5 Common Thyroid Problems and How to Diagnose Them

Doctor inspecting patient's throat

Despite it being a small gland in the neck, the thyroid has a huge role in regulating your body’s metabolism through hormone production.

Any disturbance to its function can cause health problems.

In this article, we’ll look into common thyroid conditions and their symptoms, as well as the tests to diagnose them.

What are thyroid conditions?

Normal thyroid function

The thyroid produces hormones that regulate the following:

  • Metabolic rate
  • Heart
  • Digestion
  • Muscle control
  • Brain development

There are three essential hormones that are involved in regulating thyroid function:

  1. Thyroid-Stimulating Hormone (TSH)

TSH is produced by the pituitary gland to stimulate the thyroid gland to produce and release thyroid hormones. The pituitary gland adjusts how much TSH it releases based on what your body needs.

  1. Triiodothyronine (T3)

T3 is one of the two main thyroid hormones produced by the thyroid gland. It’s the active form of thyroid hormone that affects the body’s metabolism, energy production, heart rate and other essential functions. T3 is more potent than the other thyroid hormone, T4, but it is produced in smaller quantities.

  1. Thyroxine (T4)

T4 is the other main thyroid hormone produced by the thyroid gland. It serves as a precursor to T3, meaning that the body converts T4 into T3 in various tissues. T4 is produced in larger quantities compared to T3, but it’s considered a less active form of the hormone.

In a healthy person, the optimal hormone range looks like this:

  • TSH:4 to 4.0 mIU/L
  • Total T3: 80 to 200 ng/dL
  • Total T4:5 to 12.0 μg/dL

When there’s an imbalance in these ranges, you may develop thyroid disorders.

stethoscope over a test result

Here are the most common ones.


Hypothyroidism happens when there’s insufficient thyroid hormone production.

Symptoms include:

  • Fatigue
  • Weight gain
  • Constipation
  • Dry skin
  • Depression

A mild form of hypothyroidism, subclinical hypothyroidism, refers to a condition where the thyroid gland isn’t producing enough thyroid hormone to maintain optimal function. In this case, TSH levels may be elevated, but T4 levels are within the normal range.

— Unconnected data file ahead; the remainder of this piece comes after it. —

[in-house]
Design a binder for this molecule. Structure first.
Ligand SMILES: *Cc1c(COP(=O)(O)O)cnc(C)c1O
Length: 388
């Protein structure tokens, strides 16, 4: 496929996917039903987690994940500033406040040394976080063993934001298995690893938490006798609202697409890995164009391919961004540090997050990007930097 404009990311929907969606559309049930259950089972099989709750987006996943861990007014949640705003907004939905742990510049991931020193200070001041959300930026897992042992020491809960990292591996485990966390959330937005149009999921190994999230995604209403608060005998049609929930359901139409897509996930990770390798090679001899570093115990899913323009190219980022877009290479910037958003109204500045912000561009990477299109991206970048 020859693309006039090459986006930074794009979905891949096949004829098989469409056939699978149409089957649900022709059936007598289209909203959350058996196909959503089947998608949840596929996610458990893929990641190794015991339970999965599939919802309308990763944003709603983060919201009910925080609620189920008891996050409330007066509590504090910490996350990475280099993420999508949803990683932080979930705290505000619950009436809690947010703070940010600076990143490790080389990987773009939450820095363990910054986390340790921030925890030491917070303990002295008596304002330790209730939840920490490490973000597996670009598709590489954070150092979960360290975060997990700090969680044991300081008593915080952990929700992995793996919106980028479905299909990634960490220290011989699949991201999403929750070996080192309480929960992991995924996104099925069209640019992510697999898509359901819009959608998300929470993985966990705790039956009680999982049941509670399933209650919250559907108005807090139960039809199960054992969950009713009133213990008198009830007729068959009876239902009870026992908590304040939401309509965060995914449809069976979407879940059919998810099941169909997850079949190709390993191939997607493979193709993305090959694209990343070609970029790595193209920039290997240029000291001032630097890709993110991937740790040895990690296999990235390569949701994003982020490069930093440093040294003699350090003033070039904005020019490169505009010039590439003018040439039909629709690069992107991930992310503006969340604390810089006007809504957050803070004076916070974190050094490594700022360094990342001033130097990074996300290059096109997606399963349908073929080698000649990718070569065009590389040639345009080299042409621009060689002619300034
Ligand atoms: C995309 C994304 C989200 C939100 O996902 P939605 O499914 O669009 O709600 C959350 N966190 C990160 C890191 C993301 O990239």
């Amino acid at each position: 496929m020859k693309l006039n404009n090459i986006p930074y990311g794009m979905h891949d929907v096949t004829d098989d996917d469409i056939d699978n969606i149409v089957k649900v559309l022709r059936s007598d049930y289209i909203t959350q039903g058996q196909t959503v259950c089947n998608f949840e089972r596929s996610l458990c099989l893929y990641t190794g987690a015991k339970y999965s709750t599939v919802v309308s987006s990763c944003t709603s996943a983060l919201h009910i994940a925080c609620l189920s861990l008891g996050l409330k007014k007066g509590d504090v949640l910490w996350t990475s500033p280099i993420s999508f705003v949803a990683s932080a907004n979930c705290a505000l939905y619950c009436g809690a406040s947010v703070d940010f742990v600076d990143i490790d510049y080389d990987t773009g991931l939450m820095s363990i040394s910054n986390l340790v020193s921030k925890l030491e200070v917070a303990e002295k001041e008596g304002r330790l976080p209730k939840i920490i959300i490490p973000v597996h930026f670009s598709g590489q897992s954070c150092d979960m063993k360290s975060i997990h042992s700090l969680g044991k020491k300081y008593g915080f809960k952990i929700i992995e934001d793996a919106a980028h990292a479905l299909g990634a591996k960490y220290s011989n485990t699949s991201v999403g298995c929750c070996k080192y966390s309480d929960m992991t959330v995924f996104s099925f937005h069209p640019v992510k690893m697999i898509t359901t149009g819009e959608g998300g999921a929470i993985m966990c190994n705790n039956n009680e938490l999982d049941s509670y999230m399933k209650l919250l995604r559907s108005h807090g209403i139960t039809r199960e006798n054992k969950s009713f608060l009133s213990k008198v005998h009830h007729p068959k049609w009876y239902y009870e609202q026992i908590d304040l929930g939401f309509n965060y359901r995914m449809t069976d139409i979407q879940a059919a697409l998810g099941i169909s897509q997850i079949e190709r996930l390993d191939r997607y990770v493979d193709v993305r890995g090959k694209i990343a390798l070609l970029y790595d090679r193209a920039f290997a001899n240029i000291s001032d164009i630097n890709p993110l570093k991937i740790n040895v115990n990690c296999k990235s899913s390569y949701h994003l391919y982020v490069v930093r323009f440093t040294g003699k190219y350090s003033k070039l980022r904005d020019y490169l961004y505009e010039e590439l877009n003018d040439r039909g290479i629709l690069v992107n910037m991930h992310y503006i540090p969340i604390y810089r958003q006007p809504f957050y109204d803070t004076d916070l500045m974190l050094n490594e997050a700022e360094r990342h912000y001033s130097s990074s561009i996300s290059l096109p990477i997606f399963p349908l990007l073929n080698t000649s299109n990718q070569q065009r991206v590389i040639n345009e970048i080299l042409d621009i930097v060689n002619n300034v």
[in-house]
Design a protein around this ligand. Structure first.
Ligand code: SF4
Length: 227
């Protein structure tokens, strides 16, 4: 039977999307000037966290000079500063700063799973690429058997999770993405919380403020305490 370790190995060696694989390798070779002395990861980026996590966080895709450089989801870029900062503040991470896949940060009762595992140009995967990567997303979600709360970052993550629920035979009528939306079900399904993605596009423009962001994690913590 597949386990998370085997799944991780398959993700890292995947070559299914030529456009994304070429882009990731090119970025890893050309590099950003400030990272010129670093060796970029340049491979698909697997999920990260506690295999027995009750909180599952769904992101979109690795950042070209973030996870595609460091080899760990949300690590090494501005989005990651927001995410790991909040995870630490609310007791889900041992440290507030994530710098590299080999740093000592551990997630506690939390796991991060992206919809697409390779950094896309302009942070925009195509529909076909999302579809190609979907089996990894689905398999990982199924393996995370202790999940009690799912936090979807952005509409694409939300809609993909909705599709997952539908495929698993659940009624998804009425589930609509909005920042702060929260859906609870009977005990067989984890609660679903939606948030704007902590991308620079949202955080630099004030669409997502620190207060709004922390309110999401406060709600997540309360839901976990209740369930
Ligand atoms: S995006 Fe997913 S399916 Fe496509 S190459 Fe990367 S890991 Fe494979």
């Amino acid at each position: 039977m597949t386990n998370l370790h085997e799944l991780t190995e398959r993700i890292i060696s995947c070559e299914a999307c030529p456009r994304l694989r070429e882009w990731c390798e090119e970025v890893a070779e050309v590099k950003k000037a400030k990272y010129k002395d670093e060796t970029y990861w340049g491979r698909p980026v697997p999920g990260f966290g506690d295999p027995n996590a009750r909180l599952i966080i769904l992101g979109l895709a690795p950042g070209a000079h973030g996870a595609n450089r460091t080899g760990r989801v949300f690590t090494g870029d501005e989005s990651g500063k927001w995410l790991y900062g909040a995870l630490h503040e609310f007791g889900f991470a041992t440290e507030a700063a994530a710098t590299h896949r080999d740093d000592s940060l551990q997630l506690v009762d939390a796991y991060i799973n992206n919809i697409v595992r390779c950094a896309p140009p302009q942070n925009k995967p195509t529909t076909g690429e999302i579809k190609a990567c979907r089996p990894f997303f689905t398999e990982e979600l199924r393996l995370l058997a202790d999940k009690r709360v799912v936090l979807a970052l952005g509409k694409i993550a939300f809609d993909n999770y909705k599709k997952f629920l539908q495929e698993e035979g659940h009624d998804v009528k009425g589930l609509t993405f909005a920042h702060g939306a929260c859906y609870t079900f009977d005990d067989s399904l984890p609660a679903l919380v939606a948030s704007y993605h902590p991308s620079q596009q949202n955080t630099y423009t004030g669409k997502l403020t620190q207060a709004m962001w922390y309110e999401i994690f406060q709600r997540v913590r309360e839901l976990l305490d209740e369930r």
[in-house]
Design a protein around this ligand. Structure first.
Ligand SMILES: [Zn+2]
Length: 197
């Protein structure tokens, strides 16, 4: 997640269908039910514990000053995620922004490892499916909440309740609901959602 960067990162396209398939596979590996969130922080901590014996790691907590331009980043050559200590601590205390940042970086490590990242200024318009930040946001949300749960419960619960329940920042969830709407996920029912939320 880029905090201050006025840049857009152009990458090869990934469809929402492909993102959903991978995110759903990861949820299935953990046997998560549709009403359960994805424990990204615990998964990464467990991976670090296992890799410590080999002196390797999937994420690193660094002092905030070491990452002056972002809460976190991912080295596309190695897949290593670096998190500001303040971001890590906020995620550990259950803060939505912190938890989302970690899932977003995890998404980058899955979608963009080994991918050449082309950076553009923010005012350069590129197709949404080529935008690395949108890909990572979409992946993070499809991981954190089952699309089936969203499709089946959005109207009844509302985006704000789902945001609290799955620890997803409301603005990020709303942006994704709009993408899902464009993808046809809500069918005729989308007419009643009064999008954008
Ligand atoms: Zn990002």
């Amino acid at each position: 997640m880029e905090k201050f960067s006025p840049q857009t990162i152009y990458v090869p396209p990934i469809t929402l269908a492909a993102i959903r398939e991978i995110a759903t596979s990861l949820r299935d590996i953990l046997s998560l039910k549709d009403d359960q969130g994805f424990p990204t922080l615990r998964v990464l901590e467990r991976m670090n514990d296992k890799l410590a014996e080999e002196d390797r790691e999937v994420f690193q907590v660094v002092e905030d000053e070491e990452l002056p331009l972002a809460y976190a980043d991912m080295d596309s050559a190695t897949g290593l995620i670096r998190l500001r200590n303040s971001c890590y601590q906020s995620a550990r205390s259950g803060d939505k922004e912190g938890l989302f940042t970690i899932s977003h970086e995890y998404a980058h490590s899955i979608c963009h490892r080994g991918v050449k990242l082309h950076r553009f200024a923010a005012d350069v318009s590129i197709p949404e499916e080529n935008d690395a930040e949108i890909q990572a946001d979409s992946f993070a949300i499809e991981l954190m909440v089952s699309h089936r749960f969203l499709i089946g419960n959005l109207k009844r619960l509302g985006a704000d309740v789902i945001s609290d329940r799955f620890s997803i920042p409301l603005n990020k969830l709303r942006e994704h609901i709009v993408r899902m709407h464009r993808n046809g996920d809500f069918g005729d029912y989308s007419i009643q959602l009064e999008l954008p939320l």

Opposite to hypothyroidism, hyperthyroidism is excessive thyroid hormone production.

Symptoms of this condition include:

  • Weight loss
  • Increased heart rate
  • Sweating
  • Anxiety

A milder form of hyperthyroidism where the thyroid gland produces excessive amounts of thyroid hormone, but the symptoms aren’t as pronounced as in overt hyperthyroidism, is called subclinical hyperthyroidism.

Those who have this condition may not experience noticeable symptoms, but they’re at risk for complications, such as:

  • Osteoporosis
  • Atrial fibrillation
  • Cardiac dysfunction


Thyroiditis happens when the thyroid gland is inflamed and becomes overactive (hyperthyroidism) or underactive (hypothyroidism).

Different types of thyroiditis include:

  • Hashimoto’s thyroiditis: An autoimmune condition where the immune system attacks the thyroid gland, leading to gradual damage and hypothyroidism
  • Subacute thyroiditis: An acute, painful inflammation of the thyroid, often triggered by a viral infection
  • Postpartum thyroiditis: Occurs in some women after giving birth, with phases of hyperthyroidism followed by hypothyroidism
  • Silent thyroiditis: A painless inflammation of the thyroid that can lead to transient hyperthyroidism
  • Riedel’s thyroiditis: A rare form where fibrous tissue infiltrates the thyroid, causing enlargement and hardening of the gland
  • Acute suppurative thyroiditis: An extremely rare and severe form caused by a bacterial infection that leads to the formation of pus within the thyroid gland

Thyroid nodules

Thyroid nodules are often noncancerous bumps in the thyroid gland. Many people have them unknowingly, so we recommend that you do regular monitoring and identification of abnormal nodules.

Thyroid cancer

Thyroid cancer is a malignant transformation of thyroid cells.

Though the number of cases is increasing, the treatment for this type of cancer is generally successful. In the United States, the 5-year relative survival rate is 98%.

Symptoms may be absent until the disease advances, but when present, they include:

  • Neck lump
  • Difficulty breathing or swallowing
  • Voice changes
  • Persistent cough

How are thyroid conditions diagnosed?

There are different ways to diagnose thyroid conditions. Depending on the severity, your healthcare provider may ask you to take more tests.

The most common ones include:

  • Thyroid function tests
    • Thyroid-stimulating hormone (TSH) test
    • Free thyroxine (FT4) test
    • Triiodothyronine (T3) test
  • Clinical evaluation
  • Imaging studies
    • Ultrasound
    • Computed tomography (CT) scan
    • Magnetic resonance imaging (MRI)
    • Positron emission tomography (PET) scan
  • Thyroid biopsy

Key takeaway

Understanding thyroid disorders is important so you can detect the symptoms if they happen.

Always consult a healthcare professional for personalized advice and guidance regarding thyroid-related concerns.

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